Contact person for Rice: Fiona Hay, IRRI, Philippines Contributors to this page: T.T. Chang Genetic Resources Centre-IRRI, Los Baños, Philippines (Ruaraidh Sackville Hamilton, Ken McNally, Flora de Guzman, Renato Reaño, Soccie Almazan, Adelaida Alcantara, Elizabeth Naredo); AfricaRice, Cotonou, Benin (Ines Sánchez); UPLB-University of the Philippines at Los Baños (Teresita Borromeo). External reviewers: Teresita Borromeo (UP College of Agriculture, Philippines), Taesan Kim (Korea, former head of RDA genebank).
Compilation of best practices
Information on current practices for the management of rice was provided by partners and was reviewed in the context of the genebank standards (FAO/IPGRI, 1994), IRRI – Genetic Resources Center and Rice Knowledge Bank to determine options for management of rice in base and active collections. This provided the basic information for selection, justification and recommendation of best practices. Information was then compiled into a data collection format that was then uploaded into the relevant structure of this website. The rice best practices were done separately for cultivated and for wild types, due to their different requirements.
Importance and origin
Rice is the world’s most important staple food (photo: IRRI)
Rice is the staple food for about 50% of the world’s population. It is grown commercially in over 100 countries in all continents except Antarctica, although the great majority of production and consumption is in Asia. Its range is primarily tropical to sub-tropical, but it is cultivated as far north as 53°N by the Amur River on the Chinese-Russian border and as far south as 39°S in Te Puke, New Zealand.
Rice has low water-use efficiency and can be considered semi-aquatic, not suited to very dry areas. While it can be grown with normal water supply like other cereals (‘upland rice’), the most intensive production systems are, uniquely to rice, under conditions of controlled temporary flooding (‘lowland rice’), either rain-fed or irrigated. The flooding kills weeds and some soil borne pathogens such as nematodes, and also maintains high organic matter in the soil. Also unlike other cereals, rice is not completely an annual crop, and in some areas a so-called ‘ratoon crop’ is produced by vegetative regrowth from the stubble left after harvesting the main first crop.
There are two main cultivated types: Oryza sativa and O. glaberrima. The genus Oryza contains about 23 wild species, mostly diploid with 2 n=24 with some allotetraploids.
Note that the North American product marketed as ‘wild rice’ is not Oryza; it is Zizania palustris, one of the 11 related genera in the same tribe as Oryza. Different species assemblages are found in Africa, Asia, Australia and Latin America. The species of Oryza are grouped into series of more or less inter-fertile species complexes. The two cultivated species and six of the wild species share the same genome in the ‘O. sativa species complex’; the comparative ease of interspecific crosses within this complex has resulted in the effective use of wild species for transferring new traits into O. sativa, particularly for disease and pest resistance, but also for a number of other genes, including the CMS (cytoplasmic male sterility) gene used to start the hybrid rice industry.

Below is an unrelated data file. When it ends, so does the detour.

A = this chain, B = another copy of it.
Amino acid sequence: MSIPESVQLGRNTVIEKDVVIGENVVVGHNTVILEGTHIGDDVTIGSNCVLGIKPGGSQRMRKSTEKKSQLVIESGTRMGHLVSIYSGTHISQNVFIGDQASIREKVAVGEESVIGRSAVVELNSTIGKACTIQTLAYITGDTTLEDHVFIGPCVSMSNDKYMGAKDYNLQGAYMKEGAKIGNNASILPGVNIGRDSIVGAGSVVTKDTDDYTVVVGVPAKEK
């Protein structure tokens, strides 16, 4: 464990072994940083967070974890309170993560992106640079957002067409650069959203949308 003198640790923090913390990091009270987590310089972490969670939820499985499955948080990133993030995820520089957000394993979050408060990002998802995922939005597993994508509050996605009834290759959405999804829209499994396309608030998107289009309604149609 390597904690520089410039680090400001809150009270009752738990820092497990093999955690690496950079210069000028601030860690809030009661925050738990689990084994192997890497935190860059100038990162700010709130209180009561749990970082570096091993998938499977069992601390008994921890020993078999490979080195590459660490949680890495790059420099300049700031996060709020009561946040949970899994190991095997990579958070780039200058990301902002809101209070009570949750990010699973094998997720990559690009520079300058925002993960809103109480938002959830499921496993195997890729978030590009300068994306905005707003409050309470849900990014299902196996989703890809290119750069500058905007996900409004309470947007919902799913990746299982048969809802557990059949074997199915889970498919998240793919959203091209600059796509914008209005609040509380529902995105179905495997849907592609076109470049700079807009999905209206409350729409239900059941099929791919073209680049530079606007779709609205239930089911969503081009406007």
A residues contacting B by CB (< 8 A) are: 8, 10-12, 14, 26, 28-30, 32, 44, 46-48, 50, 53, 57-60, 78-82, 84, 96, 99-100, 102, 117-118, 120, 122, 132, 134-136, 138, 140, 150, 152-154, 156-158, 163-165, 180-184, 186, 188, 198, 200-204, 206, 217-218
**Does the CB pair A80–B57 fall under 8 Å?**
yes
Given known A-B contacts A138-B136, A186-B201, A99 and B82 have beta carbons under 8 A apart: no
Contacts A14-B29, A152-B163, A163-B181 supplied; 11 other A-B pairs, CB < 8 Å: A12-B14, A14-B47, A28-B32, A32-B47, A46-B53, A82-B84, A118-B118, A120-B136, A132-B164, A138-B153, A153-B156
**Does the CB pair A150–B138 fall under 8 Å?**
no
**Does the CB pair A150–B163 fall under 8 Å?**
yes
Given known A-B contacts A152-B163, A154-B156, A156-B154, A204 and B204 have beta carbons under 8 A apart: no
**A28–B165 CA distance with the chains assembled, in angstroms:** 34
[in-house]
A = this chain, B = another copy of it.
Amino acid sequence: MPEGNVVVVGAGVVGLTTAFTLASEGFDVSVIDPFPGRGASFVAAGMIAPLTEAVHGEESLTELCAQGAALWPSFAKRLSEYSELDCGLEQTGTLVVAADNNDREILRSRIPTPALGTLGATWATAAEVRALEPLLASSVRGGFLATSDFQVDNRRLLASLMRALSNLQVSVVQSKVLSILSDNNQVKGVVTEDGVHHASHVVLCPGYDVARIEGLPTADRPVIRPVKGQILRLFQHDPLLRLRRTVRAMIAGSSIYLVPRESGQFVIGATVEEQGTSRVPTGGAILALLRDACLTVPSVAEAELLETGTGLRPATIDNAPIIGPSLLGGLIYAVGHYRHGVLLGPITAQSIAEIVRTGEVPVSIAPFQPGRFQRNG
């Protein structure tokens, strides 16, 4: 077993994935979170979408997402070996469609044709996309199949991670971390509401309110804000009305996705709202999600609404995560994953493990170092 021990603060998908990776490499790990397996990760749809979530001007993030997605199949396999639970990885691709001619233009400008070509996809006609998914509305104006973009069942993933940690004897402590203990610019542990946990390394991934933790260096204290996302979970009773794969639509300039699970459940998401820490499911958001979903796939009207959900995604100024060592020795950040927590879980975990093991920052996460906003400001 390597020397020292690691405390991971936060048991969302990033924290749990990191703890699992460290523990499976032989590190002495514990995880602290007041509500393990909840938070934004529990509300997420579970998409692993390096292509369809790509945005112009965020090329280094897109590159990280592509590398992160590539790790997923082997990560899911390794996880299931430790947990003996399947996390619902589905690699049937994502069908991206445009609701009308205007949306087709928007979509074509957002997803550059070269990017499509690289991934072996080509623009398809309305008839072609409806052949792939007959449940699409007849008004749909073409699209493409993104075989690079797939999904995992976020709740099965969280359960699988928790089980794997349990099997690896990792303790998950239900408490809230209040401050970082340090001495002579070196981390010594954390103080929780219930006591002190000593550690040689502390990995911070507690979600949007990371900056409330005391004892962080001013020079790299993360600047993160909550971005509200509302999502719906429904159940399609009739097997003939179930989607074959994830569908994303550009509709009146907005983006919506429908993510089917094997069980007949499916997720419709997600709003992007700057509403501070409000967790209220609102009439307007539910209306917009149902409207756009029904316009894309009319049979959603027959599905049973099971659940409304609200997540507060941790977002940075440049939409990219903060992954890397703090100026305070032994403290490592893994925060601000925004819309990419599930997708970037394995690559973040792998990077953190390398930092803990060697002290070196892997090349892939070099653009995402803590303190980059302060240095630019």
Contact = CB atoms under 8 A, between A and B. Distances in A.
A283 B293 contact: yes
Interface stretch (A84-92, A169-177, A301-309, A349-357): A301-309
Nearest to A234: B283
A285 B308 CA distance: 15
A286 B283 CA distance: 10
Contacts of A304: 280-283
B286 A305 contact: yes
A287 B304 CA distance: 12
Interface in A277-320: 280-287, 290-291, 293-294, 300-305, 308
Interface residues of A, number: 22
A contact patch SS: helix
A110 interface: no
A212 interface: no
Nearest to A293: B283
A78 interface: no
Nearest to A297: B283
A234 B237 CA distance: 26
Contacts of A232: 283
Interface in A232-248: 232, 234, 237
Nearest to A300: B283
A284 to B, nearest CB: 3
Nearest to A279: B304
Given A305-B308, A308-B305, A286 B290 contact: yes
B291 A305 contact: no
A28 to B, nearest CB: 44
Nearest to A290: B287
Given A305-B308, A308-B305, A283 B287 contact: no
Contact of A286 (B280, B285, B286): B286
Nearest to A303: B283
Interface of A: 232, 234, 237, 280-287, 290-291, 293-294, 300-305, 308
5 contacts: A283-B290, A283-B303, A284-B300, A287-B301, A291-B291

Different rice varieties on the market (photo: IRRI)
Rice was first domesticated in Asia as Oryza sativa, possibly 10 000-15 000 years ago. The earliest reported remains of rice grains are from an archaeological site in South Korea, dated to about 13 000 years BP, but this claim has not been independently confirmed. The earliest confirmed archaeological evidence dates from 10 000 years BP in the Yangtze valley in China. Molecular evidence suggests that it was domesticated at least twice independently, in widely different locations from different ecotypes of the wild ancestors of the O. rufipogon – O. nivara complex, associated with two mega-groups of varieties known as japonica (with the closely-related javanica now known as tropical japonica, and the Basmati type of aromatic rices) and indica (with the somewhat similar deepwater types). Molecular evidence also points to extensive historical introgression between variety groups, generating many intermediates between the groups, so that classification remains difficult. In addition, introgression between wild and cultivated forms is still common wherever the wild ancestors grow close to crops. Thus the process of domestication is still continuing: wild genes continue to be introduced into cultivars and the wild genepool now contains many genes from cultivated varieties. The O. sativa genepool is now a highly diverse and complex mix of genes with many intermediate forms, forming a broad band of primary genetic diversity extending from the Ganges plains below the eastern foothills of Himalaya, through upper Myanmar, Laos, Thailand and Vietnam, to southern China. Two mega centres of diversity are observed: one centred in Yunnan province of China and stretching west to Nepal and east to the Red rive delta of northern Vietnam; and the second centred in northern India and Bangladesh.
A second species, O. glaberrima, was domesticated in West Africa from O. barthii, probably about 3500 BP. Unlike O. sativa, cultivation of the African species did not spread outside the region. With its comparatively short domestication history and narrow range, the species is less diverse than O. sativa.
References and further reading
International Rice GeneBank Operations Manual [online]. Available from: http://www.knowledgebank.irri.org/GRCManuals/default.htm. Date accessed: 1 February 2010.
Rice Knowledge Bank [online]. Available from: http://www.knowledgebank.irri.org/. Date accessed: 15 July 2013.
FAO/IPGRI. 1994. Genebank standards. Food and Agriculture Organization of the United Nations, Rome and International Plant Genetic Resources Institute, Rome. Available in English, Spanish, French and Arabic.